In Baptism we put "away the old self" when make our three-fold rejection of sin. Because Jesus is the Gospel, the Good News, the One who brings life from death, there is a positive aspect as well. This positive aspect is conveyed in the Rite of Baptism by the three-fold profession of faith. At the heart (i.e., in the middle) of our profession is the question:
Do you believe in Jesus Christ, his only Son, our Lord,
who was born of the Virgin Mary,
suffered death and was buried,
rose again from the dead
and is seated at the right hand of the Father?
One's answer to this question is one's answer to reality. It is one's answer to reality because it is the recognition of all the factors that together constitute (i.e., make up) reality. To answer this question affirmatively in a casual manner or without really meaning it just might be the worst blasphemy there is. The result of one's positive answer is Baptism. The result of Baptism is being "renewed in the spirit of your minds," putting "on the new self, created in God’s way in righteousness and holiness of truth" (Eph 4:23-24). Another feature of the Rite of Baptism is being clothed with a white garment after emerging from your submersion into the very life of God. This white garment is a symbol of putting on one's new self, of putting on Christ.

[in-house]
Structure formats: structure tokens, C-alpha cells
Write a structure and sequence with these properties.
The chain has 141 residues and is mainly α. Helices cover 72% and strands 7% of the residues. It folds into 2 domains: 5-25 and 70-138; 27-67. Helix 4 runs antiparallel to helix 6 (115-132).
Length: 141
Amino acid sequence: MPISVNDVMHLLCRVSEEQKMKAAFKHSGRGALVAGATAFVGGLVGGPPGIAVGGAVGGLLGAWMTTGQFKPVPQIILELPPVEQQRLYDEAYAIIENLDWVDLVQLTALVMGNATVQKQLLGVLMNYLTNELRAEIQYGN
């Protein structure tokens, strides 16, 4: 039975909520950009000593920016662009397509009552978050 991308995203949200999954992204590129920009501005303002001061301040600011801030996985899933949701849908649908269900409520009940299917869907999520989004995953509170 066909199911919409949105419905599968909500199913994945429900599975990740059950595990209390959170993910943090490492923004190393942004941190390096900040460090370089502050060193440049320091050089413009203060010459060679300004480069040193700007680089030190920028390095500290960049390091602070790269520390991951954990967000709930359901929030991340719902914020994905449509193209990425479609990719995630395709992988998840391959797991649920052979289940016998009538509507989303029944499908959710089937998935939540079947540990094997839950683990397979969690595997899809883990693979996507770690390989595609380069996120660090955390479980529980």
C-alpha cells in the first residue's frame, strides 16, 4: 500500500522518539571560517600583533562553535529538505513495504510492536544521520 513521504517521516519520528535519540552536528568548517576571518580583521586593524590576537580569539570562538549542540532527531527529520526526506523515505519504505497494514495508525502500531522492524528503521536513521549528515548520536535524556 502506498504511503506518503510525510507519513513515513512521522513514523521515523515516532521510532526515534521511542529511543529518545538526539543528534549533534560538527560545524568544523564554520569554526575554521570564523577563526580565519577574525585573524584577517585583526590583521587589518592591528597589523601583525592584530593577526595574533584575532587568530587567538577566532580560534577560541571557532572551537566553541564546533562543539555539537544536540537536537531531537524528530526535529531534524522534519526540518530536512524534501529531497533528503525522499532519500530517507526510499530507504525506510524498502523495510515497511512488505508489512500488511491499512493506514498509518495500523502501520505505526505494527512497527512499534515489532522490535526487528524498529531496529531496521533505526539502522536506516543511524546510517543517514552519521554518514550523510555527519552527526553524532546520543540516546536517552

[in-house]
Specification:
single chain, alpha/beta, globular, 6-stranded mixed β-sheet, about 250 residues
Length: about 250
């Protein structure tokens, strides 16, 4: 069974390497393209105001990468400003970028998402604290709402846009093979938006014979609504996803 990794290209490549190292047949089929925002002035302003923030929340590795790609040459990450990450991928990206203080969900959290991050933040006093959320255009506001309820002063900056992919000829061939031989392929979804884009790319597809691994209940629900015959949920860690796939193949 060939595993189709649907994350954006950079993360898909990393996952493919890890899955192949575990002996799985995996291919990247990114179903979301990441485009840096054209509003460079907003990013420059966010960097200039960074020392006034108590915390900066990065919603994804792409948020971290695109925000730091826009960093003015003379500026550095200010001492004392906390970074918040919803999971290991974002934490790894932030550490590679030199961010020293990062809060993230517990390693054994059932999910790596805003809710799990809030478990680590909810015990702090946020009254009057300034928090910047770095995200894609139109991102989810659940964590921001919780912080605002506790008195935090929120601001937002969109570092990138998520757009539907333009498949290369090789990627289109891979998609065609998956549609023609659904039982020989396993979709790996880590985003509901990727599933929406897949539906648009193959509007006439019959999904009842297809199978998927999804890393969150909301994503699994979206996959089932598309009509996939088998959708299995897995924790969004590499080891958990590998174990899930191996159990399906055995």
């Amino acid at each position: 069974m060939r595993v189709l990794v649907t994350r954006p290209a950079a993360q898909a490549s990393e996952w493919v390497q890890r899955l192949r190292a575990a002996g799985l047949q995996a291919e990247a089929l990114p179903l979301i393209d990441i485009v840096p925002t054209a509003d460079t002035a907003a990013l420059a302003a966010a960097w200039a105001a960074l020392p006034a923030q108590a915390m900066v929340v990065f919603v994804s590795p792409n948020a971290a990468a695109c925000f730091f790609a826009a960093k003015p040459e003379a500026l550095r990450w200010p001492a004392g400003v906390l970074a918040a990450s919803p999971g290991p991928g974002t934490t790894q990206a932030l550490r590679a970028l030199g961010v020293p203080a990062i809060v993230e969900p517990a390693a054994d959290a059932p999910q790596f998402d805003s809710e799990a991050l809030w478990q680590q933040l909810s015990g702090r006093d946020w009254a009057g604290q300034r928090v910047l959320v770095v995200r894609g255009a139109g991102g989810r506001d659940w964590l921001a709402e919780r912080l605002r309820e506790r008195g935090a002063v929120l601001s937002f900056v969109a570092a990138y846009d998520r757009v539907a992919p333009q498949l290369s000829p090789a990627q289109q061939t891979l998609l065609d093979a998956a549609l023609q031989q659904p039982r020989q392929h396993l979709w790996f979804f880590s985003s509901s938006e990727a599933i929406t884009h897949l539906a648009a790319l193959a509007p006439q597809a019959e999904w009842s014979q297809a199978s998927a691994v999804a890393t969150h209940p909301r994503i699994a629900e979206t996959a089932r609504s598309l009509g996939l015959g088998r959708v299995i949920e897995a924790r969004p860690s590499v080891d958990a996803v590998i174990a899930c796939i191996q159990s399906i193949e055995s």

Early third century depiction of Eucharistic bread and fish, Catacomb of San Callisto, Rome, from Wikipedia

Being made new in Christ enables one to see with new eyes. Among other things, seeing with new eyes enables you to see God at work in and through all things - in all people you meet and through all the circumstances you face. Just as beta carotene, which our bodies convert into Vitamin A, is important for good eye health and vision, our spiritual eyesight is nourished by receiving Holy Communion. This is brought home in a dramatic way in our reading from Exodus and in our Gospel reading.

In our reading from Exodus, the Israelites complain to each other about going hungry in the desert. They begin to lament the fact that God liberated them from Egypt by the hand of Moses. Despite the fact that, in Egypt, they were slaves treated with increasing hostility, at least they ate their fill every day. Hearing their grumbling, God promised to provide them with manna in the morning and quail in the evening every day. Later, of course, they will complain about this too (see Numbers 11:1-15). Seeing with the eyes of faith enables one to proclaim in times of trouble, even when your very life feels imperiled, those times when God seems absent or far away, using the words of last week's responsorial: "The hand of the Lord feeds us; he answers all our needs."